By Jennifer Robson
William Morrow Paperbacks; paperback, $17.99
Jennifer Robson is the internationally bestselling author of seven historical novels, among them Somewhere in France and The Gown. She holds a doctorate in British economic and social history from Saint Antony's College, University of Oxford, where she was a Commonwealth Scholar and an SSHRC Doctoral Fellow.
Coronation Year is Robson's deeply researched and engaging new novel that invites readers into the lives of ordinary people who were affected, both positively and negatively, by the pomp and circumstance of the royals.
It is set in Coronation Year, 1953, when Queen Elizabeth ascended the throne. The people of London are in a mood to celebrate, none more so than those who live in the Blue Lion hotel.
Edie Howard is the owner and operator of the floundering Blue Lion, and she has found the miracle she needs. Queen Elizabeth, in her gold coach, will pass by the hotel's front door on Coronation Day. This will allow Edie to charge a fortune for rooms and, barring disaster, save her beloved home from financial ruin. Her life is about to change, all due to a queen she is unlikely ever to meet.
Stella Donati is a young Italian photographer and Holocaust survivor, has come to live at the Blue Lion while she takes up a coveted position at Picture Weekly magazine. When it's in celebration mode, London feels like a different world to her. As she learns the ins and outs of her new profession, Stella discovers a purpose and direction that honors her past and will bring hope for her future.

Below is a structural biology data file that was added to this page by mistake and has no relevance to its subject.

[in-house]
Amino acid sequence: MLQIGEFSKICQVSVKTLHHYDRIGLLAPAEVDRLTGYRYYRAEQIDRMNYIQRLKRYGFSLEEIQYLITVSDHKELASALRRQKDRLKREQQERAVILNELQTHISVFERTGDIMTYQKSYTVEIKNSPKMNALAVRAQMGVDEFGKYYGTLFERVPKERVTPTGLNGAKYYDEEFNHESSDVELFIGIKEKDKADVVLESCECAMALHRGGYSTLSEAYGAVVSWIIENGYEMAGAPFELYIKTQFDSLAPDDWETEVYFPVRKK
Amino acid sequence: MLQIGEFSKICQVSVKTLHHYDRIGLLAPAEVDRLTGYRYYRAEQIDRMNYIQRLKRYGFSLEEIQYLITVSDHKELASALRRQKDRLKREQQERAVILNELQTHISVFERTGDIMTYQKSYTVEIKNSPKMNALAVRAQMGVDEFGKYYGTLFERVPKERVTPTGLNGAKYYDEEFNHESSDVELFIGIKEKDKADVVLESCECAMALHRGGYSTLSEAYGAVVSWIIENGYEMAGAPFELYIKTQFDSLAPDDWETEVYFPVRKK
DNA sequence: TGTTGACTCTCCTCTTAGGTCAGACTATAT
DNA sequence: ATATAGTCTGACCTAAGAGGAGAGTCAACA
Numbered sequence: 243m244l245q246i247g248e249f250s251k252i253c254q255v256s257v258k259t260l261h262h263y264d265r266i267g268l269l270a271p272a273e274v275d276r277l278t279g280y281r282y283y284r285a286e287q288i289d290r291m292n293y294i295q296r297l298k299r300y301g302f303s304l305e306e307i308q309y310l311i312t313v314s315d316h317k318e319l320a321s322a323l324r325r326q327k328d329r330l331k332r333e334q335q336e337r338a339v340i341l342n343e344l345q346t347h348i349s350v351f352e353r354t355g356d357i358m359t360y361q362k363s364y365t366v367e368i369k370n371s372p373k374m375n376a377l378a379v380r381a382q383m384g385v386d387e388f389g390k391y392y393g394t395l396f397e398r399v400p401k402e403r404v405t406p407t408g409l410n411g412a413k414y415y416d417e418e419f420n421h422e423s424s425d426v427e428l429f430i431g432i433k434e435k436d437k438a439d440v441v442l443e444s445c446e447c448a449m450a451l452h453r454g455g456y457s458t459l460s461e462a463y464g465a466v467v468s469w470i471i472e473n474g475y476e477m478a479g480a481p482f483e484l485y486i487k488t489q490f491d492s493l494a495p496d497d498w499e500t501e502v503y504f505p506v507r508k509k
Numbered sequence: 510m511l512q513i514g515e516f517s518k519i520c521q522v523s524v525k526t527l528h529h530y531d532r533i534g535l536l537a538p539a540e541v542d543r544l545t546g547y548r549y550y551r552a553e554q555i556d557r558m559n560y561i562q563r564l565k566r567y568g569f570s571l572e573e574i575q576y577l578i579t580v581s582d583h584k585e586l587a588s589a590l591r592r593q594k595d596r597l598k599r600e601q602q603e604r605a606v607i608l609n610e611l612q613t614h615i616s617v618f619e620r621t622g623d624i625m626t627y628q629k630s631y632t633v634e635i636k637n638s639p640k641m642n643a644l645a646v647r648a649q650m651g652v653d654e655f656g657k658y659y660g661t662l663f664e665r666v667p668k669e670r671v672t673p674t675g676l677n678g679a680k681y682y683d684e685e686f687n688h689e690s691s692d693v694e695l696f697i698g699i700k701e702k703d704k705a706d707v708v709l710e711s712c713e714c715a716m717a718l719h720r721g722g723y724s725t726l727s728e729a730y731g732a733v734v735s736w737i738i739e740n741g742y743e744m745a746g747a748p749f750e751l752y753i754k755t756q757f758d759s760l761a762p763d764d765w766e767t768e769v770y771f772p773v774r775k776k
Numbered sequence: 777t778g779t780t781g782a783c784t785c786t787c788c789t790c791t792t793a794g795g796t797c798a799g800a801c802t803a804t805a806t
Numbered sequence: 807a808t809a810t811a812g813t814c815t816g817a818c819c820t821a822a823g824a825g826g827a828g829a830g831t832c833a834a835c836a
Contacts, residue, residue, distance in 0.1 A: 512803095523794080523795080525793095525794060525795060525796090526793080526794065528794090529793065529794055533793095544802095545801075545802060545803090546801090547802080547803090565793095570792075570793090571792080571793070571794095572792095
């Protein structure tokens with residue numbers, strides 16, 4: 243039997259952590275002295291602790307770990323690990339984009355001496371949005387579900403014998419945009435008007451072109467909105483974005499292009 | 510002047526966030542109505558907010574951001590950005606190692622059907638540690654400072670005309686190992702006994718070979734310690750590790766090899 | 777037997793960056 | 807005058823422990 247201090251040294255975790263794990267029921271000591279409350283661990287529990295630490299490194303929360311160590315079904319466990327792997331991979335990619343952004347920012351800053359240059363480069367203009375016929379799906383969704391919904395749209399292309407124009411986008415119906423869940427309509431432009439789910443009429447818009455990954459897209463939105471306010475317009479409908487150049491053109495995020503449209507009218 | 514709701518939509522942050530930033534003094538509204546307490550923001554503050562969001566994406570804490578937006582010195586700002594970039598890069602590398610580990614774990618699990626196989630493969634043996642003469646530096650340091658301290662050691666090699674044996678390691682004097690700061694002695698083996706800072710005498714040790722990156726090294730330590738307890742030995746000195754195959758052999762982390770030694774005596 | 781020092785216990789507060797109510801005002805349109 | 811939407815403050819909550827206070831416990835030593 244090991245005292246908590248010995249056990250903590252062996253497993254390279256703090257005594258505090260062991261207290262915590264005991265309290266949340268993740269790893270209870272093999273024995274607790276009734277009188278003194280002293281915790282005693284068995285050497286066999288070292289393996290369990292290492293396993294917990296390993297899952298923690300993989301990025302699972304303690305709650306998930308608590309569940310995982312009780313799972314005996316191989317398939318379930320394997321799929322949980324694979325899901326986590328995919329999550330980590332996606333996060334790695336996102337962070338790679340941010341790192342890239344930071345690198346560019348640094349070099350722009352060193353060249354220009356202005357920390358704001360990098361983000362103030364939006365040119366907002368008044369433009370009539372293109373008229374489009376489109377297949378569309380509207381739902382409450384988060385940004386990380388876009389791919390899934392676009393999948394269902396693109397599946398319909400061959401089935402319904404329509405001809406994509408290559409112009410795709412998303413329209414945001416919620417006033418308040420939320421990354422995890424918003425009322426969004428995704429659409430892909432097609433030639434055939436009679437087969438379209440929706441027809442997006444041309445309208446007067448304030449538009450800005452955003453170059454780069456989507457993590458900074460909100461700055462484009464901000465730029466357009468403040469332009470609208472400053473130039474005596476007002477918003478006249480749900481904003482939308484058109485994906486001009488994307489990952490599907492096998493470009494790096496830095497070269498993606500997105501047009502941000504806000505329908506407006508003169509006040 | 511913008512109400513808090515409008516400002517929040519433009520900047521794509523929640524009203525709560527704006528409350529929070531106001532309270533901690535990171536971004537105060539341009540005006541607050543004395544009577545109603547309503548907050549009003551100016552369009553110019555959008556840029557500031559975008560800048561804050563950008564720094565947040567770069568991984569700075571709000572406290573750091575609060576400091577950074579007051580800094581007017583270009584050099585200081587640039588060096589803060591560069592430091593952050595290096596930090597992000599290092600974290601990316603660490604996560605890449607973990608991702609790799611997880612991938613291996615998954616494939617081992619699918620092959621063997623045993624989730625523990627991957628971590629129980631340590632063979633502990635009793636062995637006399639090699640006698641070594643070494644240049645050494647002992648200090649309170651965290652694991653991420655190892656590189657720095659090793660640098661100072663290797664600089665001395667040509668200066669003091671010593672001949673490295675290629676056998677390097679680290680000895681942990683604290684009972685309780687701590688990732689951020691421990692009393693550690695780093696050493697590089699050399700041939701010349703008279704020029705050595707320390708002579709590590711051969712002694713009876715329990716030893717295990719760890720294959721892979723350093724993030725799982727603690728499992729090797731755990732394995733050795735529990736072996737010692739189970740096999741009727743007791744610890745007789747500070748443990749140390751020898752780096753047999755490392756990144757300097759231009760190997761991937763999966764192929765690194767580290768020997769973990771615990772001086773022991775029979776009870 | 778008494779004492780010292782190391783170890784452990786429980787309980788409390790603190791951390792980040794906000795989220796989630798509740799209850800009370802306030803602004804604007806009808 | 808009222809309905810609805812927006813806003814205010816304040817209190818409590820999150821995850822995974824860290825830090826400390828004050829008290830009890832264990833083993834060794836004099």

James Geddes, a war hero and gifted artist, as struggled to make his mark in a world that disdains his Indian ancestry. When he is at the Blue Lion, he feels welcome and worthy, and as his friendship with Edie deepens, he begins to suspect that something is badly amiss at his new home.
Then, their mood of happy optimism is disrupted when anonymous threats are focused on Coronation Day, the Blue Lion, and even the Queen herself. Edie and her friends must uncover the truth, save their home, and expose those who seek to erase the joy and promise of Coronation Year.
After observing her son, King Charles, and his Coronation on May 5, the events depicted here will be familiar, or not, since there were a few subtle changes.